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Aer Lingus

Finally, U.S. Regulators Allow Aer Lingus to Join Oneworld Trans-Atlantic Joint Venture

Finally, U.S. Regulators Allow Aer Lingus to Join Oneworld Trans-Atlantic Joint Venture
Joe Cortez

After years of debate and questions about managing slot access at London Heathrow Airport, the U.S. Department of Transportation has tentatively ruled Aer Lingus can officially join the “Oneworld Immunized Alliance:” the joint antitrust immunity agreement with American Airlines, British Airways, Iberia, Level and Royal Jordanian Airlines.

Aer Lingus may soon join American Airlines and four others in their trans-Atlantic joint venture, opening up more options for flyers between the United States and Europe. In a tentative ruling, the U.S. Department of Transportation will allow the Irish carrier owned by International Airlines Group to join the Oneworld sub-partnership.

Approval Based on Access to London Heathrow Airport Slots

Although IAG purchased Aer Lingus in 2015, the airline noted they had no interest in becoming a full member of the Oneworld airline alliance. In 2017, executives for the Irish carrier said they had “no plans” to become a partner, saying they needed to do “the business case” for membership. As of today, Aer Lingus is one of three IAG airlines which are not members of Oneworld.

However, that did not preclude them from requesting to join the trans-Atlantic joint venture lead by IAG and American Airlines. The “Oneworld Immunized Alliance” was founded in 2010, and consists of American, British Airways, Iberia, IAG’s low-cost carrier Level, and Royal Jordanian Airlines. Under the sub-alliance, the airlines are granted “merger-like efficiencies in covered markets,” including code sharing, interline transfers between carriers, and joint cargo operations.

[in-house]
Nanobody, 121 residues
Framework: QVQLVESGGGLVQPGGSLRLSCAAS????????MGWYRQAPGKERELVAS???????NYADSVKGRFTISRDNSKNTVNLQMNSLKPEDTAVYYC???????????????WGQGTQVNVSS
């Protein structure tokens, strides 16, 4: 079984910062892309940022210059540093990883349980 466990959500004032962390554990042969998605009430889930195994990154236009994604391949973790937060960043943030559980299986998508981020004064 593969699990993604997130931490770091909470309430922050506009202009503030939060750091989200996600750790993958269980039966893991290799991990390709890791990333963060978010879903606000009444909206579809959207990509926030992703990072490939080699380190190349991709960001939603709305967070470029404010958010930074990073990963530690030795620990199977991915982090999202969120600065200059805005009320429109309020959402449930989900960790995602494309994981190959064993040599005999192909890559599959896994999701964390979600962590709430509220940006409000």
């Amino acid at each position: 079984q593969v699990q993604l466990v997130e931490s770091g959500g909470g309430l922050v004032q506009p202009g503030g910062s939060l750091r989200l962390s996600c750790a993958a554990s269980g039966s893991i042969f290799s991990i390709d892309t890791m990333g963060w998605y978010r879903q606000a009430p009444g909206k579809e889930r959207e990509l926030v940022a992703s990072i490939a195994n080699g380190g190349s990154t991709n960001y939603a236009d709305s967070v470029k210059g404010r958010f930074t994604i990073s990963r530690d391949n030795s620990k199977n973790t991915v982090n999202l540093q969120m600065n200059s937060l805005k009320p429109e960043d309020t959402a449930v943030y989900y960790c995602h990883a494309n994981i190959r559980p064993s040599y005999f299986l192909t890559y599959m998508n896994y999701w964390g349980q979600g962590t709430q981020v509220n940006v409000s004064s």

The arguments that previously prevented Aer Lingus’ membership were led by Delta Air Lines and JetBlue. Although both airlines did not fundamentally disagree with the joint venture framework (as Delta has a similar joint venture with Virgin Atlantic and KLM-Air France), their concern focused on access to London Heathrow Airport (LHR).

Delta’s evidence focused on the fact that the Oneworld joint venture had a 59 percent slot share at London Heathrow, while Delta only has eight percent. JetBlue argued that although SkyTeam and Oneworld control over 70 of the slots at LHR, access must also be open to smaller carriers who wish to operate at Europe’s third busiest airport. JetBlue is planning to begin service to London starting in 2021.

Despite the concerns, the U.S. DOT believes that the addition of Aer Lingus to the joint venture would not hurt their businesses. With the rise of next-generation, single-aisle aircraft (the Airbus A320neo and Boeing 737 MAX), more airlines will have opportunities to reach western Europe from the United States.

“The competitive analysis shows that the addition of Aer Lingus to the Existing [joint venture] may enhance the Parties competitive position in the U.S.–Ireland market, with a significant reduction in competition on the two overlap routes as well as a handful of connecting markets,” the DOT writes in their preliminary order. “However, the arrival of the next generation of aircraft will bring Ireland within range of more LCC competition, the existing presence of an LCC competitor (Norwegian) in the U.S.–Ireland market, and the presence of some intervening hubs to offer a limited amount of connecting competition, will help to address many of the competitive concerns identified.”

However, because of the continuing COVID-19 pandemic and the struggles of both Norwegian Air and WOW Air, the DOT agreed to review the agreement in five years.

Public Benefit Outweighs Competition Concerns

By approving the joint venture, the U.S. DOT believes that the deal is in the interest of flyers. Their data estimates adding Aer Lingus into the joint venture would drive “An additional $67 million in incremental consumer benefits annually through increased connectivity, including 72 new unique codeshare destinations,” and lower fares for flyers on both sides of the Atlantic.

Even though they will be part of the “Oneworld Immunized Alliance,” don’t expect the Irish carrier to join the Oneworld alliance anytime soon.

The docket with full commentary from all stakeholders is available at regulations.gov, under docket DOT-OST-2008-0252.

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